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Wednesday, January 16, 2019

A failure of opposition

It may seem strange to argue that the Tory Government's 220 vote defeat on a major plank of policy is not just a failure of Government, but of the opposition as well, but bear with me.

There is no doubt in my view that Theresa May is the architect of her own misfortune. She squandered a Tory majority in 2017 with a snap General Election, which she effectively lost. Despite that she hitched her fortunes to the DUP, making any settlement with the EU impossible, just because of the Irish border issues. She is a fighter, but she is flailing around in the ring on her own, boxing shadows.

In these circumstances, it was the duty of the opposition, in the national interest, to take a clear and constructive position. The Liberal Democrats, the Greens, Plaid Cymru (but see the comments to this post) and the SNP did that. The official opposition under Jeremy Corbyn however, sat on the fence and played it for party advantage. For that alone, in my view, he has disqualified himself as a potential Prime Minister. You cannot play games with the country's future in this way.

Corbyn argues that this can only be resolved by a General Election, and yet he has no alternative position on Brexit to put before electors. He has now tabled a motion of no confidence, but in doing so has chosen a moment when he cannot win. If he had been serious about toppling this Tory Government then, as I argued here, he would have tabled that motion when Theresa May withdrew the first 'meaningful vote' in early December, and before Tory MPs attempted their own coup d'grace.

But what of the way forward? Is a third referendum, a people's vote now a possibility? One Labour MP argued on Twitter this morning that yesterday's vote leaves us with no question to pose in a further plebiscite. I disagree. A modified deal, could still feature on a ballot paper, on the grounds that MPs cannot be trusted to determine the future of the country and, as this is the only deal available, the people should be asked to give direction to Parliament.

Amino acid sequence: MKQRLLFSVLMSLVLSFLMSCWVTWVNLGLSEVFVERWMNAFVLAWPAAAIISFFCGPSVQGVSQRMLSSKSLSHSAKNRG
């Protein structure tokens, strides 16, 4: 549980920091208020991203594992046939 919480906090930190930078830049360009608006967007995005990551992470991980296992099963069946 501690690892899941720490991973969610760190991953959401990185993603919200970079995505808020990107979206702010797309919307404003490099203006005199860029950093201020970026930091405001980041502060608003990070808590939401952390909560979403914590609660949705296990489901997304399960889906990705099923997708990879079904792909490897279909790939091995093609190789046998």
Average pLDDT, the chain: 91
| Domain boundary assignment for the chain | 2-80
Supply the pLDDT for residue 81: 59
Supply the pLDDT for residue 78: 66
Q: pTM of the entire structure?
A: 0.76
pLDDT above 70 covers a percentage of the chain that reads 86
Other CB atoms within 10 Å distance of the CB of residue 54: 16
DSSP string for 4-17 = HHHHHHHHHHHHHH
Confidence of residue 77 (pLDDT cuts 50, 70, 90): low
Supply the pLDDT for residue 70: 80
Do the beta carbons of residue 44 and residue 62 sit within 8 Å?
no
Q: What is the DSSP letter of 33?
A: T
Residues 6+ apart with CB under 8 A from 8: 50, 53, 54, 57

The problem is that I don't believe that a referendum, asking people to choose between  the deal or staying in the EU, would get through the House of Commons. I believe that MPs would insist on adding a third options of 'no deal' to the ballot paper, and that would make a plebiscite unworkable.

It is not that I don't believe people could make an informed choice on three very clear but complex options, though the campaigns would be very difficult, and we would risk a low turnout, it is that a three choice referendum is likely to leave us in limbo, without a clear majority for any option. Even if we had multi-choice voting the outcome would be disputed, with all sides crying foul. It has got to the stage, in my view, whereby a people's vote is no longer a viable way out of this mess.

That leaves us with the House of Commons as the final arbiters of the Brexit dilemma. God help us. It would mean Labour having to let their MPs vote with their conscience, for Corbyn to stop playing politics with the country's future and for the Prime Minister to start acting in a non-partisan, cross-party way. But, if all of those things happened, and it is unlikely, what would be the compromise?

The Norway-plus option is one possible solution, but as I pointed out here, it is far from perfect. It would cost us more, we would have no say on the rules and regulations we would be subject to, it imposes tariffs on the export of fish and agricultural products, and we would continue to be part of an agreement that allows free movement of people, no bad thing but nevertheless one of the Brexiteers' red lines.

There is of course a no-deal exit, with all the chilling consequences for our economy that involves. I doubt if many MPs want that. but we could slip into it by default, and of course MPs could vote to stay in the EU altogether.

What happens now depends on the Government's poker face. My bet is that May will go back to the EU, get some minor changes to the non-binding political agreement, and then sit it out until MPs, faced with exiting without a deal, decide that it is better than nothing.

Whether MPs would allow her to get away with that is also unlikely. They may well decide to take charge of the process themselves, but can they get a majority for any alternative.? The country really is going to hell in a handcart.
Peter. Please add Plaid to your list otherwise it looks like the Lib Dems are repeating the errors that were made in Ceredigion in the last election.
The error in Ceredigion was drawing inferences from Leanne Wood's position rather than just quoting her and letting people draw their own conclusions. In fact in the debates she did say that Plaid would respect the result of the referendum.

I haven't included Plaid because they have been ambivalent on this, even to the extent of Adam Price arguing that a no-deal Brexit will actually help to deliver his primary aim of an independent Wales.
I have added Plaid to the list of opposition parties in the main post but their ambivalence about Brexit continues. Jonathan Edwards was on the news earlier and indicated he was in favour of the Norway option.
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